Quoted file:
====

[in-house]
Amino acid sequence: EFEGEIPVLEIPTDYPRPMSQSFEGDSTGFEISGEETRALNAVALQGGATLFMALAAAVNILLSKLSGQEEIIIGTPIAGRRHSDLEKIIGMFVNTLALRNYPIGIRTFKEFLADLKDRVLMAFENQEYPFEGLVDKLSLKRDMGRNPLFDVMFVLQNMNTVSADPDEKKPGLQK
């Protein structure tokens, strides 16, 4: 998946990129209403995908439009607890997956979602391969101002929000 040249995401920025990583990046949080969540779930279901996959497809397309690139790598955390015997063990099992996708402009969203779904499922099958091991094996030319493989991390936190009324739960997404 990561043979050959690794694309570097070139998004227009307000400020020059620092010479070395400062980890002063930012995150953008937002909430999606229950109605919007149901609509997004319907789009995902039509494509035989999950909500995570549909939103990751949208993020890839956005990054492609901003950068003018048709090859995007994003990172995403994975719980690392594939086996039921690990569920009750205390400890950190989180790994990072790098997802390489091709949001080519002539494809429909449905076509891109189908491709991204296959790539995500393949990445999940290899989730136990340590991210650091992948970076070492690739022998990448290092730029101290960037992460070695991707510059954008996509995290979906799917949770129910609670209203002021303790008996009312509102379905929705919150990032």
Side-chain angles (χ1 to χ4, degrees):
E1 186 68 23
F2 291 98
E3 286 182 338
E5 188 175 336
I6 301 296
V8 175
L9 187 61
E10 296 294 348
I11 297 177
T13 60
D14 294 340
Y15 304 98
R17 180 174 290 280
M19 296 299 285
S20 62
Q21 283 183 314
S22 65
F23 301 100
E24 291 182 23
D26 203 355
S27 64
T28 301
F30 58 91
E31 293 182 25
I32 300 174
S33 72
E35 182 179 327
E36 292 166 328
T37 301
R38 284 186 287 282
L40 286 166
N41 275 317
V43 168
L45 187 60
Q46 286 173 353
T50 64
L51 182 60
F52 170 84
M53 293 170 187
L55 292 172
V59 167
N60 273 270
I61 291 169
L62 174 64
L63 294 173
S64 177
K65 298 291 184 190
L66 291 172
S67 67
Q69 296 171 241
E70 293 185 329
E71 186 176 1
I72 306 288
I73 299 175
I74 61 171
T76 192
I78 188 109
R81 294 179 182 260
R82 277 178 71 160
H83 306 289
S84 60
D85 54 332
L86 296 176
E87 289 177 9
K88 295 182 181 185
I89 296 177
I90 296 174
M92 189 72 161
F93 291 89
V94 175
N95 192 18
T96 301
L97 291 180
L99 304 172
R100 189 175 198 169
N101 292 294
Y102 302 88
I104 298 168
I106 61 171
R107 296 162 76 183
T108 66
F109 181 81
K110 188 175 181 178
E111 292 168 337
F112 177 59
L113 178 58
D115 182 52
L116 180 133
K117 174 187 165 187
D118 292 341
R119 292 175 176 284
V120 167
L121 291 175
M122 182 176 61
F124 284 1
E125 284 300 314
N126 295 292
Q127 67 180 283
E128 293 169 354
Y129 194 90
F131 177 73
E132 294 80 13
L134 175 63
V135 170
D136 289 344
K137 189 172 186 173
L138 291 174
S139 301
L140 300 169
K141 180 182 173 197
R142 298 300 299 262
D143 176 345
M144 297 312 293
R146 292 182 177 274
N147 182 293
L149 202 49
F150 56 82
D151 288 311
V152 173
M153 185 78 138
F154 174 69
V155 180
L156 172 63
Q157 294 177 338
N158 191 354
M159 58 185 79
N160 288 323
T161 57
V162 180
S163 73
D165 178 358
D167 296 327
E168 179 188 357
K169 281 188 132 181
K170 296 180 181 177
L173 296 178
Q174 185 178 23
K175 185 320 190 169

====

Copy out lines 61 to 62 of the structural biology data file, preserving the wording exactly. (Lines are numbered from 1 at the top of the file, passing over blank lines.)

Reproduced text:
I78 188 109
R81 294 179 182 260